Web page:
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Balak (Balak)

Numbers 22:2 to 25:9, Micah 5:6 to 6:8


Verse 23:21 is odd. "No one has seen iniquity (avon) in Ya'akov or perceived trouble in Israel." Apparently God's quick punishments upon his people meant that Bilaam was powerless to add further punishments.

Verse 25:2 says that "joining yourself" to Baal-Peor included eating from aniamls sacrificed to that idol. Psalm 106:28 calls these "the sacrifices of the dead".

In verse 25:4 God tells Moshe that people should be hoka—punished by exposure in stocks or hanging—in public (in full daylight, see also 2nd Samuel 12:12). Which people? Since Moshe, in the next verse, has judges (shofteem) kill those who had joined themselves to Baal-Peor it is most sensible to parse verse 25:4 as "take the leaders of the people and [have these leaders] hoka them [the idolaters]..." rather than "take the leaders of the people and [you alone] hoka them [the leaders]..."

Deuteronomy 1:16 (and the verb use of Leviticus 19) suggests these judges are the leaders Yitro suggested as opposed to the census's leaders of the tribes.

Note that Bilaam is killed by the Israelites in Numbers 31:8.

Traditional Jewish Commentary

One traditional story tells of Moav and Midian, traditionally enemies, temporarily making peace to keep the Israelites at bay. A paraphrase:

Balak, King of Moav, was so frightened by the Israelite's supernatural victories over Sichon and Og that feard for his own life. Thus he calls himself "Balak, son of Zipor" (a mortal man) instead of "Balak, King of Moav" (representative of a nation).

He knew Moshe grew up in Midian, and so made peace with the Midianites and asked their elders how to defeat Moshe. The elders replied, "Moshe has power through his mouth when he prays." Then Balak thought, "I know a man, Bilaam, who also has power in his mouth. He can oppose Moshe."

Balak was too aggressive, and this lead to trouble. If he had asked Balaam to bless Moav, then Moav could have propsered. But Balak asked for Israel to be cursed and thus received no assistance.

Verse 22:7 says that Balak's representatives went to Bilaam oo'k'sameem b'yadam ("with divinations in their hands"). They took the tools for divination with them, so Bilaam would not be able to say he could not do what they asked.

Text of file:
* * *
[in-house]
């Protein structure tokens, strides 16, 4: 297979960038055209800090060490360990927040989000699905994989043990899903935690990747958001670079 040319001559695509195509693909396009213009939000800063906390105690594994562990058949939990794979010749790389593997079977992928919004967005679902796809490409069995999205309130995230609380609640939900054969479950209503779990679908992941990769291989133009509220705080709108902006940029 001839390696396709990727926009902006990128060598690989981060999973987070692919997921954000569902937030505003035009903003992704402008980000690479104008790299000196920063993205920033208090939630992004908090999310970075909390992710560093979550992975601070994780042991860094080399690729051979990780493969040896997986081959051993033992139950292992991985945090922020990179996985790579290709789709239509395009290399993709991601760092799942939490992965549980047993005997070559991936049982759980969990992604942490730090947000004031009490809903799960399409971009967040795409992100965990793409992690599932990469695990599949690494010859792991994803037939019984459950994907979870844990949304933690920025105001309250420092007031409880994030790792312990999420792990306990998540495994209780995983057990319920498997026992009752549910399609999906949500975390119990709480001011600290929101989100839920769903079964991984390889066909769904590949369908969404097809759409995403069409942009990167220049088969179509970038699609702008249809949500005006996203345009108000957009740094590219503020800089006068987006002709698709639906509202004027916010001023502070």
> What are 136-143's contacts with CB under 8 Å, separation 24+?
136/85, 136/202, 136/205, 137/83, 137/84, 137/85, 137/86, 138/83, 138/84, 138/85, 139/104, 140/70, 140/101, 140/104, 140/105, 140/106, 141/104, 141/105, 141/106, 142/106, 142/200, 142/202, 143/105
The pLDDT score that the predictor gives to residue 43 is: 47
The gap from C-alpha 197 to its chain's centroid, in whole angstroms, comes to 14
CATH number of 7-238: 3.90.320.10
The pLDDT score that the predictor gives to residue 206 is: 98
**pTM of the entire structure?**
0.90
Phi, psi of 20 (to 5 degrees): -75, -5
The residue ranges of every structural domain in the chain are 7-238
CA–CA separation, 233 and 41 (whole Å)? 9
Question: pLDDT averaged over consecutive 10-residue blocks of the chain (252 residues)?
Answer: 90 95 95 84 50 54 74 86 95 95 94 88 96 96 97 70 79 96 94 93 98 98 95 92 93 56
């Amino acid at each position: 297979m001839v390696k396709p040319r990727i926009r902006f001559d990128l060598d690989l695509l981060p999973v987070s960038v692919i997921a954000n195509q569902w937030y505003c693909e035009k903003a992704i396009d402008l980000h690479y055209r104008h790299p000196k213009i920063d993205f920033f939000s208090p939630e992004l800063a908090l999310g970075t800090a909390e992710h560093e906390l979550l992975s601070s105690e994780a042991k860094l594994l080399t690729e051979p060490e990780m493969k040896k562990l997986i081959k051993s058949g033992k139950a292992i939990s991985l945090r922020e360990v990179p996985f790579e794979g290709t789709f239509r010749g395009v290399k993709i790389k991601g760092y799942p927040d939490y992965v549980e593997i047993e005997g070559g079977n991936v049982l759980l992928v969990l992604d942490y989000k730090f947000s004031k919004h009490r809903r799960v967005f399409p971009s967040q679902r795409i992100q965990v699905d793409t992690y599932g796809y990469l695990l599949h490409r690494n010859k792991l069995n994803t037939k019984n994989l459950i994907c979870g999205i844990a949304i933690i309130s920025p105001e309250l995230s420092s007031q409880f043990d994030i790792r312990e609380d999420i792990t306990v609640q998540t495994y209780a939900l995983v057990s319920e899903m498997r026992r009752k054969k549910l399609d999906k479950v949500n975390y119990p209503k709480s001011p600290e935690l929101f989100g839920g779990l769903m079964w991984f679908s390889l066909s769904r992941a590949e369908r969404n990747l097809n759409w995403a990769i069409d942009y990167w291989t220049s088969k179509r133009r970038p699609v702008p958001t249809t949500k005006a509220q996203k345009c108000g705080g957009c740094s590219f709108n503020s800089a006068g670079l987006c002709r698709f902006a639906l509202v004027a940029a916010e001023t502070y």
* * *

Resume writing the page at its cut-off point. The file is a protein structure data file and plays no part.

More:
The Or ha'Chayim explains the contradiction in verses 22:12 and 22:20 (God forbids and then allows Bilaam to go) by teaching that God's initial refusal emphasized that Bilaam must obey God, and God's later permission proved God was not afraid of Bilaam's desire to attempt to curse Israel.

Most commentators say Bilaam's sin was leaving for Moav too soon, and with too much enthusiasm ("rushed" in many translations of verse 22:32). God had told Bilaam that he would be going, but not that he should depart first thing in the morning.

In verses 24:3 and 24:15 Bilaam calls himself a gever, a warrior. But he is not a warrior, for he carries no sword and is not brave. This word is used because Bilaam was shouting loudly, for God not only forced him to bless Israel but to do so very loudly. R' Yehoshua ben Levi taught that Bilaam's voice could be heard for seventy miles. R' Eliezer HaKapar taught that miraculously Bilaam's voice could be heard across the earth.

Tradition interprets verse 23:21 ("No one has seen guilt in Ya'akov or perceived perversity in Israel") by looking back to the Flood, which tradition says happened becasue of the two sins of idolatry and adultery. Since Israel had been given the ashes of the red cow as both atonement for the sin of the golden calf and to deal with adultery, then Israel was protected from the kind of judgment that (like the Flood) exterminates. When Bilaam explained this then Balak knew to defeat Israel he would have to tempt them to sin in adultery and idolatry, which is what he did after Bilaam departed.

Verse 23:23 says kee lo nachash b'Ya'akov ("for there is no magic in Ya'akov"). Only those who practice divination are succeptible to it; for this reason God outlawed it in Torah.

The Ba'al ha'Turim notes that when Bilaam pronounces (about Israel) "Cursed be all who curse you" that Balak realizes his goal of cursing Israel is pointless—even if it succeeds it fails—and immediately tries to send Bilaam home.

Verse 31:16 says that it was Balaam's idea for the Moavite women to seduce the Israelites at Peor.

The worshipping of the golden calf caused only 3,000 to die, for the people were idolatrous but did not mean to be, since they claimed the calf represented Adonai. The worshipping of Baal-Peor, intentially real idolatry, caused 24,000 to die in this incident, and countless others later in scripture.

Verses 25:7-8 contain as Hebrew play on words. "Taking a spear in hand he came after the man of Israel to hakoobah (his private place (tent)) and thrust through them both, the man of Israel and the woman, kavatah (in the private parts)."